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How to Prepare Your Partnership for Unpredictable Times

By Danielle Sherman on November 9th, 2016

While volunteering as a poll monitor yesterday, I helped voters successfully cast their ballots and documented their experiences to improve the process for future voters. As I stood near both Democratic and Republican representatives of Wilson County, NC making their case to voters in the final hours, I was reminded of a powerful lesson: ultimately, change begins with us, not the candidates. Through our unceasing work to create healthier, more equitable communities, we are all shaping the demands, discourse, and choices that voters have on Election Day. And while we can safely assume that changes will occur, we can’t necessarily predict what those changes will be. Sometimes those changes will make your work easier. Sometimes they will add an entirely new dimension to the challenges you face. No matter what the path ahead will be, there are ways to ensure that you and your partners are better prepared to navigate it.

Preparation is at the foundation of creating policies, systems, and environmental change for community health and is not limited to the early stages of a community-change initiative. Rather, it is the ongoing and deliberate process of collecting and evaluating relevant assessment data; prioritizing and planning; building capacity; and leveraging resources.

Collecting and evaluating relevant assessment data provides a basis for decision making, identifying issues, and making improvements along the way. There are several things to consider, such as:

  • Engaging community residents, including youth, in assessment/evaluation activities as well as discussions about results. This should include collecting qualitative data that captures community perceptions, needs, and interests, thereby incorporating and honoring the needs of the community.
  • Tracking performance measures to secure long-term, diversified resources is vital—especially when funding allocations shift or as the end of a funding cycle approaches.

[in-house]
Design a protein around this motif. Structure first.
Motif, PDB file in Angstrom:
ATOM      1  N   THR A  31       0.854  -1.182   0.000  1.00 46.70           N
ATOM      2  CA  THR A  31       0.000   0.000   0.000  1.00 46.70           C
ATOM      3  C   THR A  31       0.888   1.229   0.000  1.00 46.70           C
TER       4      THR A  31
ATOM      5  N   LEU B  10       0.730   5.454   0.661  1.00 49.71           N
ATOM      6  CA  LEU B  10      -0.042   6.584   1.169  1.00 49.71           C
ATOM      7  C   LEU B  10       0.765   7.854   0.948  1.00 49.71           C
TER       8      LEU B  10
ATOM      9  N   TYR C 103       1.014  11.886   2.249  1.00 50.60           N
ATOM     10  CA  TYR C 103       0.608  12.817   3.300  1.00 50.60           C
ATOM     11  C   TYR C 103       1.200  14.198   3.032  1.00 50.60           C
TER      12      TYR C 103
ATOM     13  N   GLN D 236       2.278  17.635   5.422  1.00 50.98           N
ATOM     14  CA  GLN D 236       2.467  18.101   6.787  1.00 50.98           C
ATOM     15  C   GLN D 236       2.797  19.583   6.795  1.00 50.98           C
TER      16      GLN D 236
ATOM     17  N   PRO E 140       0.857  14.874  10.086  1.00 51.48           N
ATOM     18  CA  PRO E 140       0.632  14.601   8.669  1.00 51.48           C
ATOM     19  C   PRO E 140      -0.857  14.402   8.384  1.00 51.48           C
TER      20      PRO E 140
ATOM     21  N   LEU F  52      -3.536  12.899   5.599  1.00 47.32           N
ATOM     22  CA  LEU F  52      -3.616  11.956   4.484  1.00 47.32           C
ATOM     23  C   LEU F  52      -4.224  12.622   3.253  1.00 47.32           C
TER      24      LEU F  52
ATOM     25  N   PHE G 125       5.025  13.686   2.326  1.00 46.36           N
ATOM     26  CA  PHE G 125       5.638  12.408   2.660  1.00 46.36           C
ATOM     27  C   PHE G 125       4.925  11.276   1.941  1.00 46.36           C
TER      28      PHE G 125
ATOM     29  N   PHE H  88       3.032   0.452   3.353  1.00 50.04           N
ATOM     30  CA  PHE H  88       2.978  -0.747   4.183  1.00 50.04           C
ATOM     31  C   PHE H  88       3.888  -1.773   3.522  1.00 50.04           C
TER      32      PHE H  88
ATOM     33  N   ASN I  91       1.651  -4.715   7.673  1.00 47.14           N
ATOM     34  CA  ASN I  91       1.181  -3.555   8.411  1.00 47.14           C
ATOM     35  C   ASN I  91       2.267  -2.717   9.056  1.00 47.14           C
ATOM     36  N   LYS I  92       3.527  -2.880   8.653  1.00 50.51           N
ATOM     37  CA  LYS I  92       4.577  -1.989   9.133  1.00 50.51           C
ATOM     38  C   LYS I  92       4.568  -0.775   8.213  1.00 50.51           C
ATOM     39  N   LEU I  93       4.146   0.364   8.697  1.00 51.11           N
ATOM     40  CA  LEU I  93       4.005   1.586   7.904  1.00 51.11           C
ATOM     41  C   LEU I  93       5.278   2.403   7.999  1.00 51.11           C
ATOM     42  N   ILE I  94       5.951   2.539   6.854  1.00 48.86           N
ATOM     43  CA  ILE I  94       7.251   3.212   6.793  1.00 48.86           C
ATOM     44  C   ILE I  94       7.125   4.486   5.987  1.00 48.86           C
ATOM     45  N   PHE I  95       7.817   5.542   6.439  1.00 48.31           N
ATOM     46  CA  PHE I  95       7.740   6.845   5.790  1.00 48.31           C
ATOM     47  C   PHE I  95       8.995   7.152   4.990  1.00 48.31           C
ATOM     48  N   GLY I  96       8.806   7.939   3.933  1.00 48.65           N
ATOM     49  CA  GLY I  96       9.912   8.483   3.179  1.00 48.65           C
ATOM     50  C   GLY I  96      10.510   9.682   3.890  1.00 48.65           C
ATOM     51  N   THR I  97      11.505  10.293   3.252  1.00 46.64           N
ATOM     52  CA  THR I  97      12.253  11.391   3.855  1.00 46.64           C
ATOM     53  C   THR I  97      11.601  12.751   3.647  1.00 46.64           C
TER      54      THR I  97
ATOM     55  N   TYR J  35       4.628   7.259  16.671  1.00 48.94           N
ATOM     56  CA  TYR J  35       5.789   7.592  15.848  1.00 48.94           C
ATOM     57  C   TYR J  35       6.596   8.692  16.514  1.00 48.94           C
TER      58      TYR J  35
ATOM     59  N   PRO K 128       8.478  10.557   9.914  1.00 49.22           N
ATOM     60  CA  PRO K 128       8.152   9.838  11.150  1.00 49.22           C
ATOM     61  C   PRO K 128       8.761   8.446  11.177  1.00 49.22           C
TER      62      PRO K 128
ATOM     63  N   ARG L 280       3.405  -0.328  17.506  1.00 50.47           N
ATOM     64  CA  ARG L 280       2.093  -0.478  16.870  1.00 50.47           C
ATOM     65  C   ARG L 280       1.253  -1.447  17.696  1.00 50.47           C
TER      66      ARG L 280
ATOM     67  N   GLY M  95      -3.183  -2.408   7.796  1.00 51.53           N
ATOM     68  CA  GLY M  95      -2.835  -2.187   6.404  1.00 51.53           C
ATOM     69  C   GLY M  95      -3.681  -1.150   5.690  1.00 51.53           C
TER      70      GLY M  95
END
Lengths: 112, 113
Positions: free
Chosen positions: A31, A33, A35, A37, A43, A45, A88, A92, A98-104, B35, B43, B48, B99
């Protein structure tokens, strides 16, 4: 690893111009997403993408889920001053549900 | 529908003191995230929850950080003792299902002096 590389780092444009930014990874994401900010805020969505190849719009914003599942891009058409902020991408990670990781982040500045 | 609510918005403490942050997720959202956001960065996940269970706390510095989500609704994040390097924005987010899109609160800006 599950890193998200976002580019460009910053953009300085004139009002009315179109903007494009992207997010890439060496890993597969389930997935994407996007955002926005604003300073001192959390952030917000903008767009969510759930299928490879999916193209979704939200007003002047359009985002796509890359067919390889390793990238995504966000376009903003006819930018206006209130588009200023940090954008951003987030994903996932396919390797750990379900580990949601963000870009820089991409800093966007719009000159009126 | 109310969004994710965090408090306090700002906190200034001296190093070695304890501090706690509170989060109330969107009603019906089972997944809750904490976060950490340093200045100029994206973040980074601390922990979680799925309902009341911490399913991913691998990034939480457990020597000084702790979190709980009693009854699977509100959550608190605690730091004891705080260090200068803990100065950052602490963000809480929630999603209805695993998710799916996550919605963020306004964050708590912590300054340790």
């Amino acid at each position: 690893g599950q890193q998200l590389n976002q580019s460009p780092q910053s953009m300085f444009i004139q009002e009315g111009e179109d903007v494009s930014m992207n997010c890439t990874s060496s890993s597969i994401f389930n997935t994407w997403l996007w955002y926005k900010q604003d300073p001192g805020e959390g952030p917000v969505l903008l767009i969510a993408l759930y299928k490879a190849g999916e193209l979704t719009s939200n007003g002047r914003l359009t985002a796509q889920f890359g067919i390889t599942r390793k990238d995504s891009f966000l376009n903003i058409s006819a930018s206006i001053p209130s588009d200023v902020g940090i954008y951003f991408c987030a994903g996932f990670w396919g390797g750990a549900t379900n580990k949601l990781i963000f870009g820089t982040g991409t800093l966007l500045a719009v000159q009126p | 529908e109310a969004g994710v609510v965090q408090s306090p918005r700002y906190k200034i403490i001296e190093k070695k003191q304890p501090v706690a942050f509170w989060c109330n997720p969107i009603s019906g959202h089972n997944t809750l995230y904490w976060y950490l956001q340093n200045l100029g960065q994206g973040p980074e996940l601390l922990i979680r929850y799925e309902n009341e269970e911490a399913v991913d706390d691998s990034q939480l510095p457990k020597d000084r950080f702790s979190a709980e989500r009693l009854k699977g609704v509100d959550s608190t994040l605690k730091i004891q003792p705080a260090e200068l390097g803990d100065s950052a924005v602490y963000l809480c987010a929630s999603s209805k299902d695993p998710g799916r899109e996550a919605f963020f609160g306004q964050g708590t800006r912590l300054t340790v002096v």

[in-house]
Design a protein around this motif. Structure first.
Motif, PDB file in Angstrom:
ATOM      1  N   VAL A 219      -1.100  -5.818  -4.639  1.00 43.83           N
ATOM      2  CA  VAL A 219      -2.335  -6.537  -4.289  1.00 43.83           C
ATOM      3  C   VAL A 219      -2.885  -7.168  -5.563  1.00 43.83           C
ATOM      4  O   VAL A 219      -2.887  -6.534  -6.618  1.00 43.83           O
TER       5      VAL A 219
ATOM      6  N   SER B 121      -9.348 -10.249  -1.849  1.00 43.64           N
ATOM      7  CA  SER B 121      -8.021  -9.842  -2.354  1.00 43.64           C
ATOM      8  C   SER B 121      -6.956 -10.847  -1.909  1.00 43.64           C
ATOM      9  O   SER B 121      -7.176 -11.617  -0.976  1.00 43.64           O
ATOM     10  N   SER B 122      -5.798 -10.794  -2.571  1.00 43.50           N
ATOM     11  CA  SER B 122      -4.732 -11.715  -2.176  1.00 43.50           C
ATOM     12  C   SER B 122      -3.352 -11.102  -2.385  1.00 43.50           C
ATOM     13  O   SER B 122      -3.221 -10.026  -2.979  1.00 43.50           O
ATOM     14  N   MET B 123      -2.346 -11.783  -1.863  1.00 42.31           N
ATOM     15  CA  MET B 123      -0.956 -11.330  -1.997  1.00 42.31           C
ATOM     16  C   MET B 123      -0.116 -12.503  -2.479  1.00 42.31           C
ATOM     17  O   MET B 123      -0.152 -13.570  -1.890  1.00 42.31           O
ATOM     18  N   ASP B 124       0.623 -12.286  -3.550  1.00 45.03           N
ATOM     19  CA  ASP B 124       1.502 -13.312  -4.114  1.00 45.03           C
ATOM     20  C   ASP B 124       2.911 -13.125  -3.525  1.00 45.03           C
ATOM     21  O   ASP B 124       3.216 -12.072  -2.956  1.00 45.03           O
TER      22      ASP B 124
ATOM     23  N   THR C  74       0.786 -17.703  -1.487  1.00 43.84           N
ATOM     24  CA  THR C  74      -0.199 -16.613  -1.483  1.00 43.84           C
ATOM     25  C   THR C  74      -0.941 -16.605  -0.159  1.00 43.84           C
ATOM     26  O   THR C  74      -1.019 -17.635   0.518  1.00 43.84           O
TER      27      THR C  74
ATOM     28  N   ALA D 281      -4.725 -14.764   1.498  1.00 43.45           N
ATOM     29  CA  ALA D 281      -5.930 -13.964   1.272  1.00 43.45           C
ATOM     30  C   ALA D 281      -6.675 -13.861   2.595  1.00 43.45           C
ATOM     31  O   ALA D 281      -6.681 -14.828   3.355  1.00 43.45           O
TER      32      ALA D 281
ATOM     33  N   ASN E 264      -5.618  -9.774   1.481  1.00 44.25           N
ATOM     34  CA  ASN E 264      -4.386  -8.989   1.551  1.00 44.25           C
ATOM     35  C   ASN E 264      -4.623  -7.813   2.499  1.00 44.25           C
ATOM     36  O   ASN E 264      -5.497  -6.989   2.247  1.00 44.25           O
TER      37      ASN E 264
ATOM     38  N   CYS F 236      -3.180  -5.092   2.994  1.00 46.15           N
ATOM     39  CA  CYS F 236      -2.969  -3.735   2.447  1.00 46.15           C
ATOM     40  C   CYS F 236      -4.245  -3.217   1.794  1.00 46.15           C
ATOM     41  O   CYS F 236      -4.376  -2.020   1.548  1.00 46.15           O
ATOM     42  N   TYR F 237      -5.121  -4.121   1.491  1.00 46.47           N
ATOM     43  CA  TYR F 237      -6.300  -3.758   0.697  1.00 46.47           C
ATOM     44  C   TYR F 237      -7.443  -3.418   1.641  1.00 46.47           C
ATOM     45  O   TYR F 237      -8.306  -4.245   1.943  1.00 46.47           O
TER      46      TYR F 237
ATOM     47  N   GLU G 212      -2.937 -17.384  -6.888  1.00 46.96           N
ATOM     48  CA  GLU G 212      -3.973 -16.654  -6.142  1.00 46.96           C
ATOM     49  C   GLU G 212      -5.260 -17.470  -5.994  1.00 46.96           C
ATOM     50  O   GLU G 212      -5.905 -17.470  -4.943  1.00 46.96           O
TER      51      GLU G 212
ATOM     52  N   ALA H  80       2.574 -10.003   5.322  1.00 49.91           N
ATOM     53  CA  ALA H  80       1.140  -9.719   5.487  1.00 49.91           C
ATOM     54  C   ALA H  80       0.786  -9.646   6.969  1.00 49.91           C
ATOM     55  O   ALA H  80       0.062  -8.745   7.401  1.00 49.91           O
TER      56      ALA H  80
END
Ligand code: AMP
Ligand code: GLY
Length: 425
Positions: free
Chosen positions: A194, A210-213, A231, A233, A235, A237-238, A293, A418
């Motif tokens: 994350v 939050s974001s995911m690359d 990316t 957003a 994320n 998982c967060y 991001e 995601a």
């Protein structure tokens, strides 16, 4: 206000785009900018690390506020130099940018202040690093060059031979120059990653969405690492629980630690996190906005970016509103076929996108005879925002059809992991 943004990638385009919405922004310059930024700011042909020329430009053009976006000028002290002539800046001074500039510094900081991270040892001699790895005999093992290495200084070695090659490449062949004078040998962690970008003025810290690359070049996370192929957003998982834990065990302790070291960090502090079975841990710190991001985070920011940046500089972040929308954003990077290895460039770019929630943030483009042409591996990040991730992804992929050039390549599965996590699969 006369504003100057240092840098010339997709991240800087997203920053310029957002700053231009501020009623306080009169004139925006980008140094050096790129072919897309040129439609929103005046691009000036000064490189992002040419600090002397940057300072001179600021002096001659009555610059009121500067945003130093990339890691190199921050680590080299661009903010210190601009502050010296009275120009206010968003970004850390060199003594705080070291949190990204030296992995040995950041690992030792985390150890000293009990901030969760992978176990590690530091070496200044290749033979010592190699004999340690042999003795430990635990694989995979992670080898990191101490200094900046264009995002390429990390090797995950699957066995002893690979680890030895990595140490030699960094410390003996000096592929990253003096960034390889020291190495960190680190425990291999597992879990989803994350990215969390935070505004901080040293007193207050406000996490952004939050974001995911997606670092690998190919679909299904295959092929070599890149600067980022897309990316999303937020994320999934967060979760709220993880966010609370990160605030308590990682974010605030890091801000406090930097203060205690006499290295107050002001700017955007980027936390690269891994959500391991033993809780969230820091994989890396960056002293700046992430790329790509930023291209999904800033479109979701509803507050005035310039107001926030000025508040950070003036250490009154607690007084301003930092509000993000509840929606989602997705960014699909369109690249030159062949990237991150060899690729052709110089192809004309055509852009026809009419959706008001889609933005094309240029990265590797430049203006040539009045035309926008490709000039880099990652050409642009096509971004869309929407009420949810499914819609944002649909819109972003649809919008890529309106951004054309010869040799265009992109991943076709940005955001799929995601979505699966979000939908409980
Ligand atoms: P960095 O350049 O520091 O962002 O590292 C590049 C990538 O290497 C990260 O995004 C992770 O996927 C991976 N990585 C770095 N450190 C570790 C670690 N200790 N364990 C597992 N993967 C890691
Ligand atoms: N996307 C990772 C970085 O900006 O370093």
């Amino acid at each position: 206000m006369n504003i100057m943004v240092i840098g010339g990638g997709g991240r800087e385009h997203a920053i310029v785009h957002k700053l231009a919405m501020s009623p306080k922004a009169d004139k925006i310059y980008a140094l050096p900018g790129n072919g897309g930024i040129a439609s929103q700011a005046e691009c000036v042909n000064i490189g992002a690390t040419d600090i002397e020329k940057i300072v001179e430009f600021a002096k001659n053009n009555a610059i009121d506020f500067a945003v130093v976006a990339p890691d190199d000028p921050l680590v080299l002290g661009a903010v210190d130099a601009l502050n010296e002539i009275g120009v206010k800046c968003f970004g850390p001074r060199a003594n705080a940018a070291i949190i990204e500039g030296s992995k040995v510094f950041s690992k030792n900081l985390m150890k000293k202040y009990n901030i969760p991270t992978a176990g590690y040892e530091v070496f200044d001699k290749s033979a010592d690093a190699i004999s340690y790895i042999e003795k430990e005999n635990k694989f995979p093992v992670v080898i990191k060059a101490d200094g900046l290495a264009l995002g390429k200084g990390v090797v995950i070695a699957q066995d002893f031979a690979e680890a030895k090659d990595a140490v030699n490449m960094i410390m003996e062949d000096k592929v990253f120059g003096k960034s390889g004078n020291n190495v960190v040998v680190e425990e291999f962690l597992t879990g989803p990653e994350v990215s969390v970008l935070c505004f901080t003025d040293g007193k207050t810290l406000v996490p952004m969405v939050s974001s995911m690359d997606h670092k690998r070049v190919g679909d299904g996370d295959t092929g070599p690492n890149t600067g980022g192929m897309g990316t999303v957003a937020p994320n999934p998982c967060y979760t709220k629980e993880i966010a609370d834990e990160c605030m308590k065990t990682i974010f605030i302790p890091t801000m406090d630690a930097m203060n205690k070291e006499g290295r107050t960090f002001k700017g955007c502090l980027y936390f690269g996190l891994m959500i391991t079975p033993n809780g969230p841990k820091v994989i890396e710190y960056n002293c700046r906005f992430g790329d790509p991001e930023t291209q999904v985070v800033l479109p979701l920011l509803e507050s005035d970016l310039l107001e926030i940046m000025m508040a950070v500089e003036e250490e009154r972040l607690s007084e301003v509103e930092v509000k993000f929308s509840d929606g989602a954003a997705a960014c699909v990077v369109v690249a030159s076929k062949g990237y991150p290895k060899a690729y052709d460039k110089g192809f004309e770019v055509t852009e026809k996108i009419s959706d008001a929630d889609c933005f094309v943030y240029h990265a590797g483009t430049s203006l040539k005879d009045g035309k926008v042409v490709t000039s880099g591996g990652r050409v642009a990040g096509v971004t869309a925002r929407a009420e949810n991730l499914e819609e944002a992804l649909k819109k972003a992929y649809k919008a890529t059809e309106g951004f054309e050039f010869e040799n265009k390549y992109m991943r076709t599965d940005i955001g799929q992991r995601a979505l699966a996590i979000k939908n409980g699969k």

• Assessing a partnership’s leadership style, effectiveness, capacities, and opportunities for new leaders to successfully sustain efforts.

An ongoing and deliberate process of collecting relevant assessment data also informs prioritizing and planning action steps, which are important for determining the direction and effectiveness of your partnerships’ efforts. Things to consider during this stage are:

  • Involving community residents in iterative priority setting and planning so that lived experiences are considered alongside data.
  • Designing a strategic communications plan that addresses why, what, how, and with whom you will communicate to increase community, political, and financial support for health goals.
  • Ensuring that diverse leadership is in place to share responsibility for prioritizing and planning along with community members. This is a key component to make sure shared goals are being addressed.

Another important component of preparing for success is building capacity.  It is a key driver of sustainability and involves:

  • Empowering residents with opportunities to learn and grow (for example, about health equity and the social determinants of health) while accounting for obstacles that may inhibit participation.
  • Encouraging emerging leaders with confidence-building experiences and new responsibilities while training existing leaders to increase effectiveness and build networks. This is especially beneficial during times of leadership change.
  • Equipping community and partnership leaders to become healthy community champions and influential members of decision-making groups.

Finally, prepare for uncertain times by leveraging resources already available to your partnership. To ensure that these are leveraged in ways that lead to sustainable success, consider:

  • The implications for health equity when making decisions about obtaining, distributing, and utilizing resources.
  • Building a “resource bank” of lessons and resources that is shared among partners to help them capitalize on existing strengths and assets.
  • Developing a strategic funding plan that includes current and future funding and commitments of in-kind and other support.

For a few examples of how communities across the country have prepared for success, check out Flint, MI, New Orleans, LA, and Rancho Cucamonga, CA.

I encourage you to prepare continuously for the transformation you want to see—and for the change that you can’t see coming.

Danielle Sherman

Project Manager

Community advocate, planning superstar, and work-life balancer.